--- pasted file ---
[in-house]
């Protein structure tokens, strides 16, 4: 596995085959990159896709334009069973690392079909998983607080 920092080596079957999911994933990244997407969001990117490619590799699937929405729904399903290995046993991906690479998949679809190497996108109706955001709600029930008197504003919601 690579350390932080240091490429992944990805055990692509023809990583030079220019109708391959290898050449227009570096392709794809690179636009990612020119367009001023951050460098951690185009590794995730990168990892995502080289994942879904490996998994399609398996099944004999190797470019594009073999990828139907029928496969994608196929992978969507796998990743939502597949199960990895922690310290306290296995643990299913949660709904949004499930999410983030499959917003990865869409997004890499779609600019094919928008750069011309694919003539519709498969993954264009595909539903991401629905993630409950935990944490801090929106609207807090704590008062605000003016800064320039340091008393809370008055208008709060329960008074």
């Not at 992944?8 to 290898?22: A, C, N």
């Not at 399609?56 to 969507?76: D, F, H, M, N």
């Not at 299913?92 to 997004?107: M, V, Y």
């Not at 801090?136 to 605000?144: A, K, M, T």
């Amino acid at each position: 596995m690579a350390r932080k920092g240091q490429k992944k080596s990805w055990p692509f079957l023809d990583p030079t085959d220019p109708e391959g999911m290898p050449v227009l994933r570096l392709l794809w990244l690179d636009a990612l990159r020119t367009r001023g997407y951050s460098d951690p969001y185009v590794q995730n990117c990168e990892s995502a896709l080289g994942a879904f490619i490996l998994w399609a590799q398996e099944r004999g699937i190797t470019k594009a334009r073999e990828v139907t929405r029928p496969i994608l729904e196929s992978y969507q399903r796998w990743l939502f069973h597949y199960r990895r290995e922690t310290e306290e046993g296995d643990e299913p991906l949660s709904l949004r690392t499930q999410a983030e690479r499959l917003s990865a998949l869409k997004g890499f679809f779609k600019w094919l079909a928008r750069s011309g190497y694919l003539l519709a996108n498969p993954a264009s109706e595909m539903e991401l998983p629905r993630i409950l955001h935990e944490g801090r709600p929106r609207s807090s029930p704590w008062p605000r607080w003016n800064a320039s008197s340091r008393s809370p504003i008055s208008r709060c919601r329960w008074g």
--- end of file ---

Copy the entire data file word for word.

[in-house]
């Protein structure tokens, strides 16, 4: 596995085959990159896709334009069973690392079909998983607080 920092080596079957999911994933990244997407969001990117490619590799699937929405729904399903290995046993991906690479998949679809190497996108109706955001709600029930008197504003919601 690579350390932080240091490429992944990805055990692509023809990583030079220019109708391959290898050449227009570096392709794809690179636009990612020119367009001023951050460098951690185009590794995730990168990892995502080289994942879904490996998994399609398996099944004999190797470019594009073999990828139907029928496969994608196929992978969507796998990743939502597949199960990895922690310290306290296995643990299913949660709904949004499930999410983030499959917003990865869409997004890499779609600019094919928008750069011309694919003539519709498969993954264009595909539903991401629905993630409950935990944490801090929106609207807090704590008062605000003016800064320039340091008393809370008055208008709060329960008074």
């Not at 992944?8 to 290898?22: A, C, N």
């Not at 399609?56 to 969507?76: D, F, H, M, N």
């Not at 299913?92 to 997004?107: M, V, Y």
């Not at 801090?136 to 605000?144: A, K, M, T």
């Amino acid at each position: 596995m690579a350390r932080k920092g240091q490429k992944k080596s990805w055990p692509f079957l023809d990583p030079t085959d220019p109708e391959g999911m290898p050449v227009l994933r570096l392709l794809w990244l690179d636009a990612l990159r020119t367009r001023g997407y951050s460098d951690p969001y185009v590794q995730n990117c990168e990892s995502a896709l080289g994942a879904f490619i490996l998994w399609a590799q398996e099944r004999g699937i190797t470019k594009a334009r073999e990828v139907t929405r029928p496969i994608l729904e196929s992978y969507q399903r796998w990743l939502f069973h597949y199960r990895r290995e922690t310290e306290e046993g296995d643990e299913p991906l949660s709904l949004r690392t499930q999410a983030e690479r499959l917003s990865a998949l869409k997004g890499f679809f779609k600019w094919l079909a928008r750069s011309g190497y694919l003539l519709a996108n498969p993954a264009s109706e595909m539903e991401l998983p629905r993630i409950l955001h935990e944490g801090r709600p929106r609207s807090s029930p704590w008062p605000r607080w003016n800064a320039s008197s340091r008393s809370p504003i008055s208008r709060c919601r329960w008074g």